Imagine! Lizzie Stanton, radical thinker
of the 19th century women's rights movement, painted her wide plank floors rich
yellow, and-loving natural sunlight- put in a new window every time her abolitionist
husband Henry embarked on a speaking tour. It's one of several cheerful stories
told during a guided tour of Elizabeth Cady Stanton's house in Seneca Falls, the
western New York town where the women's rights movement germinated nearly a century
and a half ago.
Not far from Stanton's home is Declaration Park, where
the remains of the Wesleyan Methodist Chapel, host of the 1st Woman's Rights Convention
in 1848, are carefully preserved. Most inspiring is the 140-foot wall on which
the famed Declaration of Sentiments and names of its 100 signers, are engraved.
Standing next to my young daughter, I was grateful for the handful of progressive
women who refused to tolerate that- "[Man] has endeavored in every way that
he could to destroy [woman's] confidence in her own powers, to lessen her self-respect,
and to make her willing to lead a dependent and abject life."
door, at the National Historic Park Visitors' Center, bronze statues representing
early suffragists march across the floor. Upstairs, a maze of colorful, interactive
exhibits and a 25-minute movie detail where women have-or have not-been, and where
they are going-with increasing speed.
It is at the National Women's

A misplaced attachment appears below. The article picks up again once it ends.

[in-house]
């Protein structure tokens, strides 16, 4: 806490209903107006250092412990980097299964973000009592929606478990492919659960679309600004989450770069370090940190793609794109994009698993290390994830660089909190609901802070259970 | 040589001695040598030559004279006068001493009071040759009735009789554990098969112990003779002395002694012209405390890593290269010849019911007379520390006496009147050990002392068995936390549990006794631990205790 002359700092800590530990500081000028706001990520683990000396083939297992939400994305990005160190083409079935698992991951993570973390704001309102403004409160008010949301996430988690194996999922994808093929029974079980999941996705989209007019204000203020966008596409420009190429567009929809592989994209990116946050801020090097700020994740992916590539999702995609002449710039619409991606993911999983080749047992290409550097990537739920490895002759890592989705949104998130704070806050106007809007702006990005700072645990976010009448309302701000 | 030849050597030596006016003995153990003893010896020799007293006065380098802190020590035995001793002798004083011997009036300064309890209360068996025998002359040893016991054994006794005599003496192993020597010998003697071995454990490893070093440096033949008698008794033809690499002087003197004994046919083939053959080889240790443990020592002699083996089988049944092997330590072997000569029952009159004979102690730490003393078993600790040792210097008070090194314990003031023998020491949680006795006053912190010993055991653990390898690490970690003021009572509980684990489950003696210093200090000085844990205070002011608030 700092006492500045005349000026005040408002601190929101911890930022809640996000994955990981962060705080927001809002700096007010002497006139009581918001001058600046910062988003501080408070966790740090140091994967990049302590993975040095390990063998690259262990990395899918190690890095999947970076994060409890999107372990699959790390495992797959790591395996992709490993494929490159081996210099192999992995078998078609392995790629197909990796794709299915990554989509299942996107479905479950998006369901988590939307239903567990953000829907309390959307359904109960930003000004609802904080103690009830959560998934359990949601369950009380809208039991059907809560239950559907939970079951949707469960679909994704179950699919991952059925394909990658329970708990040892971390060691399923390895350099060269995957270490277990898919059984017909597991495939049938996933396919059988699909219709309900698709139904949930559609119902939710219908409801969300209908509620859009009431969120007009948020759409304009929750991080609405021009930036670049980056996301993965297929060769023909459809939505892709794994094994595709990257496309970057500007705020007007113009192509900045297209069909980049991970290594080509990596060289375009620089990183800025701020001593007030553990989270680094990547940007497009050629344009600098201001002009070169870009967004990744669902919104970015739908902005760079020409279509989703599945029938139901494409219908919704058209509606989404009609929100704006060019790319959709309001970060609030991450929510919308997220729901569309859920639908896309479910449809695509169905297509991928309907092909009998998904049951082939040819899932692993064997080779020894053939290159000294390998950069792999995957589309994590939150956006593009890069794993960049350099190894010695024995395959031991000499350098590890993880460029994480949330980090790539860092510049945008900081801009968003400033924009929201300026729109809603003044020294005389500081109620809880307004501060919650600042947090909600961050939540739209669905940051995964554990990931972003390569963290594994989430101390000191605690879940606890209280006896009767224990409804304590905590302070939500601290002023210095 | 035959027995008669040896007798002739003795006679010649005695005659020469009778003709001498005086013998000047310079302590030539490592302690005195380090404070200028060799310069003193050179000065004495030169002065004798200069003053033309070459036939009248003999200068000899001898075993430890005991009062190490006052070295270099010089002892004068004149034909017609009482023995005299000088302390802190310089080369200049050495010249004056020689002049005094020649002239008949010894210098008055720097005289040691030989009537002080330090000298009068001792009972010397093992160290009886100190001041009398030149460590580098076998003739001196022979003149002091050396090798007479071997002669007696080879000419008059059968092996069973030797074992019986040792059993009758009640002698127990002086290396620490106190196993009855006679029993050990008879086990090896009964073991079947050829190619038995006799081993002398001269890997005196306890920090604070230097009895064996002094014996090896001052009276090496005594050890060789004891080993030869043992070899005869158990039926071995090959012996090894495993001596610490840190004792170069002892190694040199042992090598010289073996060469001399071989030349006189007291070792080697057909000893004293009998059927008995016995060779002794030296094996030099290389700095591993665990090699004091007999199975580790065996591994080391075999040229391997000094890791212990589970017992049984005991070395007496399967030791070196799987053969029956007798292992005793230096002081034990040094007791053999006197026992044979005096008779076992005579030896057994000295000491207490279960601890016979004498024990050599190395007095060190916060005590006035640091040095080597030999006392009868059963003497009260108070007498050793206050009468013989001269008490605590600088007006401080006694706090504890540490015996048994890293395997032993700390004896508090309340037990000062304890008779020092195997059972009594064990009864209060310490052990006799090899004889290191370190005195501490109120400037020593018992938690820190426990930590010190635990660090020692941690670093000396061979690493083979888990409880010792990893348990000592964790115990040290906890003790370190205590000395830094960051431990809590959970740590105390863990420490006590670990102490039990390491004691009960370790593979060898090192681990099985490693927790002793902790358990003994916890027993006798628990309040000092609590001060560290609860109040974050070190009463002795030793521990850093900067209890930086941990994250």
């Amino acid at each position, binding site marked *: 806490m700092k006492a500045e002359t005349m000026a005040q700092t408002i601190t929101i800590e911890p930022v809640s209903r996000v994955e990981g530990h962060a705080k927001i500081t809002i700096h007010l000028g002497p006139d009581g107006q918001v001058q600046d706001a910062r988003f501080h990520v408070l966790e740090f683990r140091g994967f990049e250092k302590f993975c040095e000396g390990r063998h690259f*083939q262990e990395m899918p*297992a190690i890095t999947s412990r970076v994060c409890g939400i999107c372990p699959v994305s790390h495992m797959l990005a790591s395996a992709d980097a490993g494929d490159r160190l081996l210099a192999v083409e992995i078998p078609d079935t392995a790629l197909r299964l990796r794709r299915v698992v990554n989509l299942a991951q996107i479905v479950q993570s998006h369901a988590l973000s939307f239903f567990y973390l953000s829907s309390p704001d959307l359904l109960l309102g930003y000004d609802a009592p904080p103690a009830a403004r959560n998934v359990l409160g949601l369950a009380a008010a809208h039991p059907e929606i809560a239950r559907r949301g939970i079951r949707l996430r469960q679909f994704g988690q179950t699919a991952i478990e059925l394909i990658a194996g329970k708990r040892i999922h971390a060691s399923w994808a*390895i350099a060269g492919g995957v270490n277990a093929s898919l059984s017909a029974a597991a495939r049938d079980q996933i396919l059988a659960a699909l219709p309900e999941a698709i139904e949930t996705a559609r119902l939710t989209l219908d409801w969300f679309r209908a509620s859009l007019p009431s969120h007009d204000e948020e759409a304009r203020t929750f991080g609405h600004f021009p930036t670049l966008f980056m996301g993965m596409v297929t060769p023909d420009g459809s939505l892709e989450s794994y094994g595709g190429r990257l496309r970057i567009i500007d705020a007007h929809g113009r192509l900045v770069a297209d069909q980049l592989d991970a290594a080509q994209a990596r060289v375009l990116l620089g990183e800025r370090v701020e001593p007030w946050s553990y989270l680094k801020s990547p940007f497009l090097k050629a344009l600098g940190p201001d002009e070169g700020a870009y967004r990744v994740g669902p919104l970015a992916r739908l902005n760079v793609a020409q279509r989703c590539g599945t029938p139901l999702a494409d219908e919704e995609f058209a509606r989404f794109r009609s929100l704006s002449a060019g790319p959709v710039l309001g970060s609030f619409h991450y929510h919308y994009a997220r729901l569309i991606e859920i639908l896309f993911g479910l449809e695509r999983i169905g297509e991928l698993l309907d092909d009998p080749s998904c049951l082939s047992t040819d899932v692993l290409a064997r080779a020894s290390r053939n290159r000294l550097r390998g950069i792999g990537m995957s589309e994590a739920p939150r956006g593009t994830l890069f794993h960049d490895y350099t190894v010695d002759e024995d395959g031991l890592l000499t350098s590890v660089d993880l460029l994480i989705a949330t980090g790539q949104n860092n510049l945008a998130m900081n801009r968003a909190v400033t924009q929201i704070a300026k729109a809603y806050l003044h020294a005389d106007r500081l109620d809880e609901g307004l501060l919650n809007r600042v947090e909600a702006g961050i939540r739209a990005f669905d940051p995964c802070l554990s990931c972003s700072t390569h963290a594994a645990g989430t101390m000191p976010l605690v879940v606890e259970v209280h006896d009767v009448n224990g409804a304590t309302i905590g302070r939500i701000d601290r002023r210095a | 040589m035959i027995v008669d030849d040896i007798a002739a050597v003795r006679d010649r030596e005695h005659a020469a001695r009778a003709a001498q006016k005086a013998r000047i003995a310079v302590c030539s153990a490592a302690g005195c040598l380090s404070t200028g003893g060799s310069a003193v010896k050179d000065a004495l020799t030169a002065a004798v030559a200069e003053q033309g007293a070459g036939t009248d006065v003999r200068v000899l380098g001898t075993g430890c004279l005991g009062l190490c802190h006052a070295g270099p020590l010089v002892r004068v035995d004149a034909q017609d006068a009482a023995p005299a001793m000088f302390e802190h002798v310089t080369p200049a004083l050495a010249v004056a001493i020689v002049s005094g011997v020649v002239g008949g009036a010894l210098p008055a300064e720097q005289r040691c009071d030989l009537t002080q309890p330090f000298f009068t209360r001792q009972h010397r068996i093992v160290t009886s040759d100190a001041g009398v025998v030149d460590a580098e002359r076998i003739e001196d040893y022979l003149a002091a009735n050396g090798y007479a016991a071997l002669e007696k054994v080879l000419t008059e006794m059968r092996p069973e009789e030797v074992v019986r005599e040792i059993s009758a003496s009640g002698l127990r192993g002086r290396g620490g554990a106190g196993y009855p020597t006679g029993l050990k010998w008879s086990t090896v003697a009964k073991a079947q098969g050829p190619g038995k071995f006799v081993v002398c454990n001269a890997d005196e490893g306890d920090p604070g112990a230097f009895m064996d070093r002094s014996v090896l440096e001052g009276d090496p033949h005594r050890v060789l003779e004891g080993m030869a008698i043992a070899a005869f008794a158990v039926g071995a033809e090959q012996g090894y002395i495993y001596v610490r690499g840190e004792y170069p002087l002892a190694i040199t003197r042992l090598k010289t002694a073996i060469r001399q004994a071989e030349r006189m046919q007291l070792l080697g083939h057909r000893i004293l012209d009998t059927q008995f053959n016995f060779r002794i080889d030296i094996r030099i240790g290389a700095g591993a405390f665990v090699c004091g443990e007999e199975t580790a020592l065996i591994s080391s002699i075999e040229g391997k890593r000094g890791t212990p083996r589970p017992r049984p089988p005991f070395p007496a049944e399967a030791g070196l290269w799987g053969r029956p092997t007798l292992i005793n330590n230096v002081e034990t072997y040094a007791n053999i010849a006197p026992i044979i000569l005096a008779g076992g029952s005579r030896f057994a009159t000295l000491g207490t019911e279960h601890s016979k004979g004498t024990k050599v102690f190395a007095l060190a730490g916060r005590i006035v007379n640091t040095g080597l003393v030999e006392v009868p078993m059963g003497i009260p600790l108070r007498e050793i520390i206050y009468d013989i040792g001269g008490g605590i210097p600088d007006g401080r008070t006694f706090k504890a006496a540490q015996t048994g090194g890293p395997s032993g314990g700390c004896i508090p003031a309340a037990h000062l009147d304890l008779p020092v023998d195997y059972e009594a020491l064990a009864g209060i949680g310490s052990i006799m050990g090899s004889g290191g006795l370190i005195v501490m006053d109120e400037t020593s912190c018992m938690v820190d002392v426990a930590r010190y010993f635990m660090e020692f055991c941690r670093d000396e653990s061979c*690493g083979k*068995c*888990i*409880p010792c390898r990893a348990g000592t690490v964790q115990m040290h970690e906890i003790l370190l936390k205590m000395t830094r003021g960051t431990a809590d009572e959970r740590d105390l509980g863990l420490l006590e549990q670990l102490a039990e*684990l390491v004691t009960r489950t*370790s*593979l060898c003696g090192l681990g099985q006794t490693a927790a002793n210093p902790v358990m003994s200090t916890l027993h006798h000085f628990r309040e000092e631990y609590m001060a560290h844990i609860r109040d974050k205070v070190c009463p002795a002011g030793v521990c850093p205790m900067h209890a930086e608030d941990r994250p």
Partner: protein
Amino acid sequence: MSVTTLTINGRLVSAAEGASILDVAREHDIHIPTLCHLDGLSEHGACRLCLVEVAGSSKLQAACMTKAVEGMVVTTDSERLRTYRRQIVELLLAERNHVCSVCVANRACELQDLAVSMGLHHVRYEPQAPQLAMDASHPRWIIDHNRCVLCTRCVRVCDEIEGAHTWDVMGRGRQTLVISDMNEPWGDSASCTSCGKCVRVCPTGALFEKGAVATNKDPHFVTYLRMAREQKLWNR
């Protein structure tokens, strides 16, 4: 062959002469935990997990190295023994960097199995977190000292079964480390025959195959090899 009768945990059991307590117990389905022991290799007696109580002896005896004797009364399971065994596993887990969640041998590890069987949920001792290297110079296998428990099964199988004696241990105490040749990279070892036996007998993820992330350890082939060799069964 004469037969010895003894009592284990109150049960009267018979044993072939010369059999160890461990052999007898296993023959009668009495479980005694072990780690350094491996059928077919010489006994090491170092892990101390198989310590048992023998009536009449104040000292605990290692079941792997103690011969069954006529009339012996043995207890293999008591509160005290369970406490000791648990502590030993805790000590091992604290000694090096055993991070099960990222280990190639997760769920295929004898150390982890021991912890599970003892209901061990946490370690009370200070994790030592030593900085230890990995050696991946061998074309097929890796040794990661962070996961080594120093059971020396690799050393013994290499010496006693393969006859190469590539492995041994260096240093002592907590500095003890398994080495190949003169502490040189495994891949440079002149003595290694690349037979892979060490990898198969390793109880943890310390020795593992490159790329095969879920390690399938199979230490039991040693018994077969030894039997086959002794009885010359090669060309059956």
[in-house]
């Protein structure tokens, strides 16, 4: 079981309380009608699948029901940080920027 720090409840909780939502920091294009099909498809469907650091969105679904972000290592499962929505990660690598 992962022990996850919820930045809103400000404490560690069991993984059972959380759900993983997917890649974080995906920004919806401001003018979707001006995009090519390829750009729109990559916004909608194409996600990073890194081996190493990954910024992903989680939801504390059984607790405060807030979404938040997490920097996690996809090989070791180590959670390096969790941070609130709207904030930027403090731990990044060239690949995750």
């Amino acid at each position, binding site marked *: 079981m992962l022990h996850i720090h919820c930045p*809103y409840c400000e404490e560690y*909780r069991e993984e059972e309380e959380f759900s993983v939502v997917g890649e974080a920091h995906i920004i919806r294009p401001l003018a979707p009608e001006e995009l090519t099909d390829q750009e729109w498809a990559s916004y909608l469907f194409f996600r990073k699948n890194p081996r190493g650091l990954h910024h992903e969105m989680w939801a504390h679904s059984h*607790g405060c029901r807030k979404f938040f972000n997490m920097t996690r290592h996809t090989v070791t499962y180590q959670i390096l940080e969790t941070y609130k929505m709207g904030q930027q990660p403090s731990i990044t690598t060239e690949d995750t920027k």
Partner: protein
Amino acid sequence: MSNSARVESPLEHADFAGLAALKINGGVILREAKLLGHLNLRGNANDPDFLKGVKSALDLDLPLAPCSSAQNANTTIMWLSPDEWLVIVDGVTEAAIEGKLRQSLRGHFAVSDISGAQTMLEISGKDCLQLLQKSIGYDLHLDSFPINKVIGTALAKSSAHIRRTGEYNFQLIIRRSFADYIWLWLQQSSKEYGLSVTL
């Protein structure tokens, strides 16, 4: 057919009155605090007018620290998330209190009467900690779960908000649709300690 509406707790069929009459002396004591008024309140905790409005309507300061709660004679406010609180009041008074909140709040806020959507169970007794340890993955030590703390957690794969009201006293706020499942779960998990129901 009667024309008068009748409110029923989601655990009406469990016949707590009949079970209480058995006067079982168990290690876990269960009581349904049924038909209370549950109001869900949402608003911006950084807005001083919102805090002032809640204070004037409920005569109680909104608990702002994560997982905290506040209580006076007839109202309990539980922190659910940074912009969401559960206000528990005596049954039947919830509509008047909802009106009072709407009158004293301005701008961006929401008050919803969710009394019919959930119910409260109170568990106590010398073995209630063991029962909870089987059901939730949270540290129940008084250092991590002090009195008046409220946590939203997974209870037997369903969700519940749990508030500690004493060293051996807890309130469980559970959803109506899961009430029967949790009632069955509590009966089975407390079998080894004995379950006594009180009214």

Hall of Fame, however, that the soul and goal of women shine. Here the startling
accomplishments of the famous, (Susan B. Anthony, Sojourner Truth, Amelia Earhart),
and the not so famous (Virginia Apgar, Dr. Barbara McClintock, Sarah Winnemucca),
By using telephones adjacent to exhibits, visitors
can hear the words of these distinguished women. My favorite is Sojourner Truth's
"Ain't I a Woman?" speech-her response to a man's statement that "woman
can't have rights because Christ wasn't a woman." At the end of a biting
retort, Truth concluded: "God and a woman made Christ. Man had nothin' to
do with it."
Women, bring your daughters-and your sons! Show them
that the door to equality is open, but swinging. The next generations must be
doers, not complainers. Read with them-and take to heart-the words of civil rights
activist Fannie Lou Hamer: "I am sick and tired of being sick and tired."
If you go: Seneca Falls. 15 minutes south of Interstate 90, Exit.
·Women's Rights National Historical Park, 136 Fall St. Visitors
Center open daily, 9-5 year-round, except Thanksgiving, Christmas and New Year's.
Free. Interpretive talks and walking tours, June through September. Daily guided
tours of restored Elizabeth Cady Stanton house. Education programs available year-round;
groups of every size. Bus tours welcome. 315-568-2991.
Hall of Fame, 76 Fall St. Open May-Oct., daily, 9:30 a.m.-5 p.m.; Nov.-April,
Wed.-Sat., 10 a.m.-4 p.m.; Sun., noon-4 p.m.. 315-568-8060.
Falls Historical Society, 55 Cayuga St. 315-568-8412.
Day Museum, 35 E. Main St. 315-539-9611.
·Urban Cultural Park, 115
Fall St., 315-568-2703.